‘The apes - the strange and dangerous apes,
they are the ones to blame,’
sighed beech, ‘but I remember when
our needs were just the same -
to feel fresh water in our veins
and sunlight on our crowns,
to swell our lungs with sky and dip
our roots into the ground.’
‘Back then,’ recalled the old oak tree,
‘their seasons were like ours.
The winter was for sleep and sharing
tales beneath the stars,
and when spring woke the warming soil
and burst the speckled seeds,
the apes would dance and sing beneath
the green and tender trees.
For years our fruit and firewood
nurtured their wild bones,
and they took only that which would
sustain their simple homes.
For years we grew united with
our close, contented kin -
and then the darkness came, and let
the silent sickness in.
At first their eyes were drawn to gold
and silver in the earth,
mined and melted, ripped apart
to see what it was worth.
Then they shaped their plunder into
empty, shining discs,
and quantified the natural world,
clasped tight within their fists.
And day by day, the apes became
consumed by their obsession,
carving up the wilderness,
fixated on possession.
They soon forgot the value of
the blackbird’s starlit hymn,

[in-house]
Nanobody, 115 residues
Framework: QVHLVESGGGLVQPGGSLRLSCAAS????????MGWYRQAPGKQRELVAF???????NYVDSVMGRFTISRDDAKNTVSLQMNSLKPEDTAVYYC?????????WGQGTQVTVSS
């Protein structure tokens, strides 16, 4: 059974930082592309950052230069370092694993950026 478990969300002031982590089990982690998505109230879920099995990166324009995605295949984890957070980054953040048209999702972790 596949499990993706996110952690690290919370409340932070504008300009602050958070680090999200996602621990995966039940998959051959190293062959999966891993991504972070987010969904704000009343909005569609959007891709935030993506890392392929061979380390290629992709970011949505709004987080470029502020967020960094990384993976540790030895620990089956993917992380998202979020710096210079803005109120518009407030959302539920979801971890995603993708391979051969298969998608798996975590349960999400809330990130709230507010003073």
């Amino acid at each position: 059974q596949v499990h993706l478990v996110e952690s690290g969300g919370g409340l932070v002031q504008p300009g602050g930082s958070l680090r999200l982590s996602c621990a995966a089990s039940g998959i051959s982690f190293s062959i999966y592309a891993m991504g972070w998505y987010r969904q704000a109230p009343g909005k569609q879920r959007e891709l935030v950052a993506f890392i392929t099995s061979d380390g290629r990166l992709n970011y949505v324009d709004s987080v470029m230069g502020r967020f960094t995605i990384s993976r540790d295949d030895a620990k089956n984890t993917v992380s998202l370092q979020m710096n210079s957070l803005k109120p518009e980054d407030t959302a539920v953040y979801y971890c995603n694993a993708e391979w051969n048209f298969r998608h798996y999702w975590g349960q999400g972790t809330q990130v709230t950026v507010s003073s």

the velvet tail of newborn hare,
the fox den, dark and dim,
the dappled shards of sunlight on
the murmuring lagoon,
the snow goose turned to shadow as
it drifts across the moon.
As slowly spread the poison, all
the apes became bewitched,
and tore apart the world that had
allowed them to exist.
The sickness swamped their hearts and
rotted out their living core,
for every piece of gold they forged,
they wanted fifty more;
more than they could ever spend or
eat or drink or breathe,
yet still they sold their only home,
enslaved by endless greed.
And now the world is dying but
all they can do is stare -
for in their quest to gain the world,
they lost the will to care.
And now the bells are ringing but
they still refuse to listen -
Will we go down to ruin when
the apes face their extinction?’
An empty silence rippled through
the dark and ailing wood,
until, at last, each thicket, fern